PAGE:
Brain drain is hurting Lesotho’s economic prospects

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LESOTHO is said to enjoy high levels of literacy with some liberal estimates putting the literacy rate at 80 percent.
With such alleged levels of literacy one can have genuine reasons to question bitterly the status quo in this country.
Evidence can merely be assessed through all sorts of statistics such as the doing business reports, HIV/Aids rankings in Africa, human development index published by the UNDP in 2008 which apparently states that Lesotho is one of the 50 poorest countries in the world.
Now, aspects like these really turn to make me restless particularly with talks looming about a tripartite regional cooperation which has as its main objective harmonising free movement of not only goods but human capital as well.
It is a well known fact that we have been suffering massive human capital flight over the years due to factors that we probably cannot control in the short run such as political instability, lack of opportunities in terms of jobs, poor working conditions and several other reasons.
The question now is: Is Lesotho as a member of the Southern African Development Co-operation going to support yet another mechanism which is definitely going to stimulate the economic cost of which it is already suffering from as a result of brain drain?
However it would be very naïve of me to look at this only in the negative context of a probable exaggerated brain drain issue.
I am quite aware of the likely benefits that might come with it.
It has been proved by famous economics theorists such as Adam Smith (absolute advantage), David Ricardo (comparative advantage) that trade between two or more countries is important regardless of whether the other is absolutely efficient over the other.
The integration will also provide entrepreneurs in respective countries with a larger market of approximately 580 million people which includes Kenya and Egypt which constitute one of the biggest markets in Africa.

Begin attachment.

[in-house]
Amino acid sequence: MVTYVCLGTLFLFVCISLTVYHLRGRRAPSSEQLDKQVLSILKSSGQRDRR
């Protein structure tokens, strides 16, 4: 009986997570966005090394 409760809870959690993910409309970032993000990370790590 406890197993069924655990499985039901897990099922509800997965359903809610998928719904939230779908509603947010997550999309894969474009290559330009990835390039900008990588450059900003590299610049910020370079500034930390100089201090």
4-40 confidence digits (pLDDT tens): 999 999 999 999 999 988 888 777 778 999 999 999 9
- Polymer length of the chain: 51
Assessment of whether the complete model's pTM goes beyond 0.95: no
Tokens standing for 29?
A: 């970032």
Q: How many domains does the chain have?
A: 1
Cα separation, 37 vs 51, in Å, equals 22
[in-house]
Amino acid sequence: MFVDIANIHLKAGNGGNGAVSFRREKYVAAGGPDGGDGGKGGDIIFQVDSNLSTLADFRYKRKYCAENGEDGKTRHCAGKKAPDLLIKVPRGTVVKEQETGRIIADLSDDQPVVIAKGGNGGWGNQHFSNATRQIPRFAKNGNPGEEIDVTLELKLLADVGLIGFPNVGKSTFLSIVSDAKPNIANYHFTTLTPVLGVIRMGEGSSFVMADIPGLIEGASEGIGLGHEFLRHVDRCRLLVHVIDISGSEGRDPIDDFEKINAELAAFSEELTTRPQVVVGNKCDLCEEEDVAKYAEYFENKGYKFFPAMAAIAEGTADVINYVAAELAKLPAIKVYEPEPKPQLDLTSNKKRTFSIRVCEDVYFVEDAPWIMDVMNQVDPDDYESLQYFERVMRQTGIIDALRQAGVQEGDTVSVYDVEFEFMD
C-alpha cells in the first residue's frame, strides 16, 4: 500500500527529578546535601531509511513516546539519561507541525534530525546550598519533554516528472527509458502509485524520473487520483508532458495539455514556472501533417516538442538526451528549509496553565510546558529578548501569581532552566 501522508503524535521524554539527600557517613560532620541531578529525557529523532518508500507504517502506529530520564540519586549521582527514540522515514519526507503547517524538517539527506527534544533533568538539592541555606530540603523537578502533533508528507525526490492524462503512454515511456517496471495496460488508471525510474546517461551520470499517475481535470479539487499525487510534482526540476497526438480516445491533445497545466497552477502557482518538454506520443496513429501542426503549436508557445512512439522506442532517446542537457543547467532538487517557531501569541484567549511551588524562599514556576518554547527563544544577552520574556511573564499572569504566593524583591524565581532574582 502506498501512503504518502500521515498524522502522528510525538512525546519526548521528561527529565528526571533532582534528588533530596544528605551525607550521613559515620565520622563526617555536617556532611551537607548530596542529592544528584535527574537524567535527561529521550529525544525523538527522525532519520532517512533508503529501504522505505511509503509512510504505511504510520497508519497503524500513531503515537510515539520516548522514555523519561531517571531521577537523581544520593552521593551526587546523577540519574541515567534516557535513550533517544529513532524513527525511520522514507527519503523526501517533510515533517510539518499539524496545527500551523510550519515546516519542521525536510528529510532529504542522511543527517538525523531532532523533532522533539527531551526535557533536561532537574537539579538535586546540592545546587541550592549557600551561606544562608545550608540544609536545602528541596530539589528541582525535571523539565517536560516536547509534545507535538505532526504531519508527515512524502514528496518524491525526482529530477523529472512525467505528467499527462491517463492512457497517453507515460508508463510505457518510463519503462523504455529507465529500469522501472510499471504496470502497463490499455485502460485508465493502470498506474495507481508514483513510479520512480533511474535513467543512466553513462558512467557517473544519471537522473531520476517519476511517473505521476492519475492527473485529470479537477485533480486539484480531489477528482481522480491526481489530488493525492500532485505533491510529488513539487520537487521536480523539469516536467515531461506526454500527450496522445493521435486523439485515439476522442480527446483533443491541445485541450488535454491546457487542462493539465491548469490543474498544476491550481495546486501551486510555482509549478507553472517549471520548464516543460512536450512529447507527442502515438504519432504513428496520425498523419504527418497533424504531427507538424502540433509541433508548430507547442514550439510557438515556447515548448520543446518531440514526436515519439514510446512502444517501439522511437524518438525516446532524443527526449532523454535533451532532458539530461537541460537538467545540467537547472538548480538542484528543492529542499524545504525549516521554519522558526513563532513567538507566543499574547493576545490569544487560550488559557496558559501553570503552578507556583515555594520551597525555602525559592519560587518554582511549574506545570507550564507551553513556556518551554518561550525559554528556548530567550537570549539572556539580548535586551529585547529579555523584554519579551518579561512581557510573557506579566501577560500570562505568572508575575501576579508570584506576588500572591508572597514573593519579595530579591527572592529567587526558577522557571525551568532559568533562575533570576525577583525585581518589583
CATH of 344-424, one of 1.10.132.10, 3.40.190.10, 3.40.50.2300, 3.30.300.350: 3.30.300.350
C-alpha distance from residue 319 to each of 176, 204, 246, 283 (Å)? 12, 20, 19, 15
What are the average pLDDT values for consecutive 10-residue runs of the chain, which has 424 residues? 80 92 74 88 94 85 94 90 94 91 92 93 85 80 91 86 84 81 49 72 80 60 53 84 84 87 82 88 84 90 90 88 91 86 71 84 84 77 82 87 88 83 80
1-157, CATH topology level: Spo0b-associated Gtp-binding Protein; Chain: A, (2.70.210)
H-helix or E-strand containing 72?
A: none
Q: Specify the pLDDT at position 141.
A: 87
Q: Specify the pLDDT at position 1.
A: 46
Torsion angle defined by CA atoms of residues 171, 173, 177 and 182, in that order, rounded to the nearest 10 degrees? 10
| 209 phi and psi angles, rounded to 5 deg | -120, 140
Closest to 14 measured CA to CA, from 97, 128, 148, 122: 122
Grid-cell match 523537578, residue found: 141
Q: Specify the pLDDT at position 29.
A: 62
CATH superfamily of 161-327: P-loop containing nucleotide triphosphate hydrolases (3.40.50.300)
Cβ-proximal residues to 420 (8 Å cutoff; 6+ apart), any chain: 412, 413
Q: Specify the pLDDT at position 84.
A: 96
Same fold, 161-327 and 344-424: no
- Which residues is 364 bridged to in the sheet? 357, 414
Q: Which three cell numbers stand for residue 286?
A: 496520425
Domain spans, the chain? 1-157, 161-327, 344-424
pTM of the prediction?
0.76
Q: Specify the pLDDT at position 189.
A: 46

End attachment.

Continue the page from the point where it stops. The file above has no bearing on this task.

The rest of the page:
According to a South African newspaper the current chairperson of the Lesotho Electricity Authority, Zola Tsotsi, is likely to be appointed chairperson of South Africa’s parastatal, Eskom.
The South African government purged the Eskom board including the chairperson recently.
Tsotsi is a chemical engineer who was a corporate consultant at Eskom between 2000 and 2004 and a corporate strategy manager at the utility between 1997 and 2000.
He has also headed the boards of the Lesotho Highlands Development Authority and the Lesotho Electricity Corporation.
The above mentioned is just one of numerous other Basotho who have crossed over to South Africa and are contributing massively particularly towards its economic development.
Now, it is worth mentioning that the issue of brain-drain is not an issue that is only faced by Lesotho as country but is a phenomenon that most countries are battling with especially the developing countries while the developed countries on the other hand enjoy brain gain.
However, as universal this problem may be the most sickening aspect of it is our government’s lack of action to address such a critical issue.
It is high time that our government studies and puts into action factors that will make it possible for our professionals to stay here in Lesotho.
This is in spite of the fact that our neighbour, South Africa, remains an attractive destination for our own home-bred experts.
This means whatever actions are implemented have to be very powerful as it has become such an attractive environment for human capital; the situation is further intensified by South Africa’s proximity.
Let me go back to the issue of the Lesotho Electricity Corporation that I mentioned earlier on.
First of all, it is faced with an issue of replacement, training the incumbent who will obviously make some mistakes or damages after training.
As soon as he is perfect he will start to search elsewhere to further exploit his potential.
This gruesome chain reaction is something we are experiencing day-in and day-out and is continuously hurting our local businesses. And what is our government doing?

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